Welcome to the city of the arts

3rd August 2001 at 01:00
Whether you are a fan of literature, classical music, jazz, stage acts or films, Edinburgh has something to entertain you. TES Scotland reviewers look at what is on offer in the spectrum of annual summer festivals to interest young audiences

When the Festival of British Youth Orchestras was launched in modest fashion in Edinburgh in 1979, it would have been hard to imagine that one day it would present the world premiere of a commissioned major work by one of the leading figures in contemporary music. However, that is precisely the situation this year.

Sir Peter Maxwell Davies's High On the Slopes of Terror was commissioned by the FBYO's parent body, the National Association of Youth Orchestras, in celebration of the festival. The piece, completed in 1999, is a product of the visit to Antarctica which also inspired his Antarctic Symphony, which received its Scottish premiere at the St Magnus Festival in Orkney in June.

The title refers to Mount Terror. Although the composer did not visit that location during his stay with the British Antarctic Survey in 1997-98, he was inspired to choose this subject by a passage in the diary of the explorer and adventurer Captain Robert Scott, as well as his own experience of the continent.

Chetham's Symphony Orchestra, making its first visit to the festival from the famous music school, will give the premiere performance. The composer has not given the young musicians an easy task. He has written: "Nobody can return from Antarctica and not be touched and changed by it, and this work attempts to convey the intensity of light and sound in a completely unpolluted atmosphere, where all the senses are peculiarly sharpened and responsive.

"Rhythmically it is particularly demanding, and I have composed a virtuoso piece in the belief that today's young musicians need no compromise or concession, such is their quality. It is as tough in some respects as any work I wrote for mature professionals."

The quality of proficiency that he speaks of will be evident throughout the festival. Davies's piece is just one of four new works which will be featured. Another is by Richard Michael, the founder and director of the Fife Youth Jazz Orchestra, who was commission to write a suite based on the love songs of Robert Burns.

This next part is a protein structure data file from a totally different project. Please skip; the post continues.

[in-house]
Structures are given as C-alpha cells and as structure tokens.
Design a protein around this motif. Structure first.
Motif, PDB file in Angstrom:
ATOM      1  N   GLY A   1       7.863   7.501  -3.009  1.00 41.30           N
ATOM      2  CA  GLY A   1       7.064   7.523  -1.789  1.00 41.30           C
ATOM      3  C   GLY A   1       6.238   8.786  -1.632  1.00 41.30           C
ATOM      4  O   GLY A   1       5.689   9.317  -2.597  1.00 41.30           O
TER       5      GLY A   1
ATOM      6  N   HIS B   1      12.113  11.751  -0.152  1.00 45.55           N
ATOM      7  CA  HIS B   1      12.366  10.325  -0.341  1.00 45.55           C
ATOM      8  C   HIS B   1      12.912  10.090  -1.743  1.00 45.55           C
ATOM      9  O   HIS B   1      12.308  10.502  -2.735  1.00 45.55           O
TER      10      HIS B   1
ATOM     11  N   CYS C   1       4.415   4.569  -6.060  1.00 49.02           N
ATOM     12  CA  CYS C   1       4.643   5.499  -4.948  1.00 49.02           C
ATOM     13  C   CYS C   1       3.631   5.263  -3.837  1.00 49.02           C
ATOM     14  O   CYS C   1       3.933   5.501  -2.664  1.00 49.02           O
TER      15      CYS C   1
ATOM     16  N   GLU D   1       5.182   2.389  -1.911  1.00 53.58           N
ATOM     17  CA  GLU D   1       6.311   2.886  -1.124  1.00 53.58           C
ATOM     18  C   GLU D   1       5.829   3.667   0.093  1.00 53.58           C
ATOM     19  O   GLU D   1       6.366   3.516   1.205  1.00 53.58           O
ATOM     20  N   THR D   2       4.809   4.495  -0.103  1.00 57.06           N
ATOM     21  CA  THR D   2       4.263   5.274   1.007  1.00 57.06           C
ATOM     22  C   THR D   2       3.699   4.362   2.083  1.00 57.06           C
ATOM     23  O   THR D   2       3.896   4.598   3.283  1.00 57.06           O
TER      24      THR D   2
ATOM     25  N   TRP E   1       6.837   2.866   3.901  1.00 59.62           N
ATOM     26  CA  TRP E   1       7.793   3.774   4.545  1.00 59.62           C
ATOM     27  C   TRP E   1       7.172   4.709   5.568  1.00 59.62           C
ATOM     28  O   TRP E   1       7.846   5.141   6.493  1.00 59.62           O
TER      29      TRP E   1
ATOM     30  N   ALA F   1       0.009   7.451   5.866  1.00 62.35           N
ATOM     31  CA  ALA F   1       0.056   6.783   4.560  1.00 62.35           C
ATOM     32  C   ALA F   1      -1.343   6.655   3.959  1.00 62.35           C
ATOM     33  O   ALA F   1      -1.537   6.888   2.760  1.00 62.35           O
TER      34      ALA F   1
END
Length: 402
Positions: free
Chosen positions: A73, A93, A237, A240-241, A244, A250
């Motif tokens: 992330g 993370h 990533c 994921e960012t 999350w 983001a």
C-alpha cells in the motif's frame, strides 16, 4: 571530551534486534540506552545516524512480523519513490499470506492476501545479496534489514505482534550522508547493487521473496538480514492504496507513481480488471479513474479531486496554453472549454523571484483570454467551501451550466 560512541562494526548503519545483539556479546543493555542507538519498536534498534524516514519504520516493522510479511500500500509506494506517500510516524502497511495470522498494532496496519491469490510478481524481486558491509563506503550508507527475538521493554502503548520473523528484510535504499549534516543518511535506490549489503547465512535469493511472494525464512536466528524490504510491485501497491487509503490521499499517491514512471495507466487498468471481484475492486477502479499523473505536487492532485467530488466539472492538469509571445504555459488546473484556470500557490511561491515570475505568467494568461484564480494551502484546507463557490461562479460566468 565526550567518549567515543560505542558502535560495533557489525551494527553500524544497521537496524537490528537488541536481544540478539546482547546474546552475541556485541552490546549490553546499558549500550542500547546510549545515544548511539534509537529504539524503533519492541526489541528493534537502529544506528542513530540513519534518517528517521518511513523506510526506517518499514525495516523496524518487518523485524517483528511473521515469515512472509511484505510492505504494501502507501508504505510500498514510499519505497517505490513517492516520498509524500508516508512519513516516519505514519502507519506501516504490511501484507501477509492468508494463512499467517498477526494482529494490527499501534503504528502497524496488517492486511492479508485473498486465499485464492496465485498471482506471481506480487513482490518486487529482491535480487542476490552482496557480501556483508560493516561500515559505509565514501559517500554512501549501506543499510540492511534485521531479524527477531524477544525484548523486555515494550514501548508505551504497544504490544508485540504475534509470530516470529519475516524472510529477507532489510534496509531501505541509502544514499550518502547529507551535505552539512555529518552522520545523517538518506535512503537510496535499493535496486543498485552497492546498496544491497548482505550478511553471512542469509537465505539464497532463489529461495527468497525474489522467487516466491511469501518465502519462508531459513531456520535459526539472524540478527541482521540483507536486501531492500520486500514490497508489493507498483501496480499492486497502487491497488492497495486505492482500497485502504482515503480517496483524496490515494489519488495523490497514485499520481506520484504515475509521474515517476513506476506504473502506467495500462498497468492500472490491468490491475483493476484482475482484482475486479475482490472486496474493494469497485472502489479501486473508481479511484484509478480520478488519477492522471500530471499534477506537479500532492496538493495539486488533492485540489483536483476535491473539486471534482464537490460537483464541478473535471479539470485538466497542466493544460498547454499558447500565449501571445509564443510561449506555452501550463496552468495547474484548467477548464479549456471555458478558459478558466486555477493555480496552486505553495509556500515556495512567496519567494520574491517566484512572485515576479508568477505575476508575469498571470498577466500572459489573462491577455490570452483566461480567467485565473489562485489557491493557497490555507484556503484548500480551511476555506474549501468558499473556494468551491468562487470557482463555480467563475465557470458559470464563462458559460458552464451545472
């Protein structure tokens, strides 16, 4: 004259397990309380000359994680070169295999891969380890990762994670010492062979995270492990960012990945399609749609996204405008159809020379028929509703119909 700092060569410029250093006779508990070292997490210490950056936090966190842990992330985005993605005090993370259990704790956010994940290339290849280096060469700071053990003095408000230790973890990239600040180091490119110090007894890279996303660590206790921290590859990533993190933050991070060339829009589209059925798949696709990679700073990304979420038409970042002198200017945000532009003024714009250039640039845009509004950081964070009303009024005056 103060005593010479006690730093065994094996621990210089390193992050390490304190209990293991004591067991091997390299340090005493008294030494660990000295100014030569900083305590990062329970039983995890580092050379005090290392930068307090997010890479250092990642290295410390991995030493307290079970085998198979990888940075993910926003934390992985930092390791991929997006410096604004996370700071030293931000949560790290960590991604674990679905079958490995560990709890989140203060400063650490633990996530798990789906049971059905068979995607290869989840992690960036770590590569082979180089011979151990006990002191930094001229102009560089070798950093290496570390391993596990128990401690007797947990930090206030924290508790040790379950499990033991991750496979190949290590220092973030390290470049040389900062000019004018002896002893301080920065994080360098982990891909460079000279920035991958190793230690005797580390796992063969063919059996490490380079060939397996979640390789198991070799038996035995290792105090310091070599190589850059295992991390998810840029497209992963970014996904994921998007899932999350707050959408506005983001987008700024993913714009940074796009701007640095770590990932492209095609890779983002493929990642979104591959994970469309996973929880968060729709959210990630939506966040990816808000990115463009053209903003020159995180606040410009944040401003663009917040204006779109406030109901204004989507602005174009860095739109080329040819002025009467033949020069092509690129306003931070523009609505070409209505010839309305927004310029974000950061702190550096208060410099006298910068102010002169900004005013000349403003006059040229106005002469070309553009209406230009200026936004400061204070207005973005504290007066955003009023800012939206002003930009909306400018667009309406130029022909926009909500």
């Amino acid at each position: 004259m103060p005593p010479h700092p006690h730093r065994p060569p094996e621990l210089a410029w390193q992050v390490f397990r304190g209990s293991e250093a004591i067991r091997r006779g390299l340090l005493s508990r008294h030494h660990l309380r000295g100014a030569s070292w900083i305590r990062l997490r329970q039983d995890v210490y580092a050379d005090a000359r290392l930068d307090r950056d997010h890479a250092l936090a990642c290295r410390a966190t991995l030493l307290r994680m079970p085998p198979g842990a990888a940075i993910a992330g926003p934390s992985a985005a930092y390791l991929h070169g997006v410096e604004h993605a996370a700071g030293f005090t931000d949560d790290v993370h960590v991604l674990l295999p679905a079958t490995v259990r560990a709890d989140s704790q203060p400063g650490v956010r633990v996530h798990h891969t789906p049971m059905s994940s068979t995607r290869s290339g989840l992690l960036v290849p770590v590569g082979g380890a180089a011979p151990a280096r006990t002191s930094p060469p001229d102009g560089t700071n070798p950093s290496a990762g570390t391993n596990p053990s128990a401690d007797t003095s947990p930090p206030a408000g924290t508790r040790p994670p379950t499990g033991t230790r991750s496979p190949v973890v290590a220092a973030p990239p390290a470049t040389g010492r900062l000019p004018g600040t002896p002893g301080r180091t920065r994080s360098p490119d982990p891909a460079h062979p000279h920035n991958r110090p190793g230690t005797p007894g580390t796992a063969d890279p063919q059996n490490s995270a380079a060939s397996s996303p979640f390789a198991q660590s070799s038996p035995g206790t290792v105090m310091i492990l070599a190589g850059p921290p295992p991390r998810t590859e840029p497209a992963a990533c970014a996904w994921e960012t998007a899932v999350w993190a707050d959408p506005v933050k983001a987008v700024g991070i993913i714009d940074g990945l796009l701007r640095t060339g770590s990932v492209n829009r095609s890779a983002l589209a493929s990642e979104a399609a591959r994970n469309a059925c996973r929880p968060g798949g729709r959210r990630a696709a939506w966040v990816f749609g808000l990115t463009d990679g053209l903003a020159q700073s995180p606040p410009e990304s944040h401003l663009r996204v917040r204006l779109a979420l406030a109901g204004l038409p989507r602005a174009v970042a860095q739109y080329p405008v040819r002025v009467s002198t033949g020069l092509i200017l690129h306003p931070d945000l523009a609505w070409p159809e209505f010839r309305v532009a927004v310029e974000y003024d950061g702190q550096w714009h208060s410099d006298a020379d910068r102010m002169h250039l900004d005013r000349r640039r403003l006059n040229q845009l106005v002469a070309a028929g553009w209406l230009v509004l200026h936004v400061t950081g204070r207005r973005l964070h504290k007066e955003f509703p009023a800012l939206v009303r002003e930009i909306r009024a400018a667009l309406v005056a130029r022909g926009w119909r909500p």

The FYJO is always popular at the festival, particularly with school audiences.They will be joined by three more groups from the region, led by the Fife Youth Orchestra. Not to be outdone, they also have a commission, Bruce Fraser's Concerto for Trumpet, with John Wallace as the soloist.

Jazz is also represented at the festival by the Strathclyde Youth Jazz Orchestra and the Edinburgh Schools Jazz Orchestra.

The number of orchestras from overseas who visit the festival has risen in recent years, and there are no less than six in this year's programme. The Norden Orchestra, made up of leading students from various Nordic countries, will open the festival in Glasgow, while the National Youth Orchestra of Ireland Under-18s will do so in Edinburgh.

Both orchestras will be heard in both cities, as will the Vancouver Youth Symphony Orchestra and the Schwyz Youth Orchestra from Switzerland. The World Wind Quintet and the Ingolstadt Young Chamber Choir from Bavaria, will perform in Edinburgh only.

Scottish schools are well represented. In addition to the Fife contingent, there are orchestras or ensembles representing Glasgow, the West of Scotland, East Renfrewshire, East Dunbartonshire, Edinburgh, Lothian, the Borders and Perth.

Visitors from south of the border include several groups new to the festival. In addition to the Chetham's Symphony Orchestra, there will be the Malden Young Strings, an ensemble directed by George Steven, who first suggested the festival, the Shropshire Youth Orchestra and bands from Redbridge and Staffordshire.

The repertoire they will play is both extensive and imaginative. It ranges from pillars such as Beethoven's Symphony No 5 and Dvorak's New World Symphony to novelties such as a "Beatles' Suite for Trombone" and Alan Silvestri's "Forrest Gump Suite".

The music of Sir Malcolm Arnold - always popular with youth bands - will feature heavily in honour of the composer's 80th birthday.

Festival of British Youth Orchestras in Edinburgh and Glasgow, August 11-September 2; see www.nayo.org.ukTickets and details from the Fringe office, Edinburgh, tel 0131 226 5138, and the Royal Scottish Academy of Music and Drama in Glasgow, tel 0141 332 5057. Concerts free to children, students subject to availability

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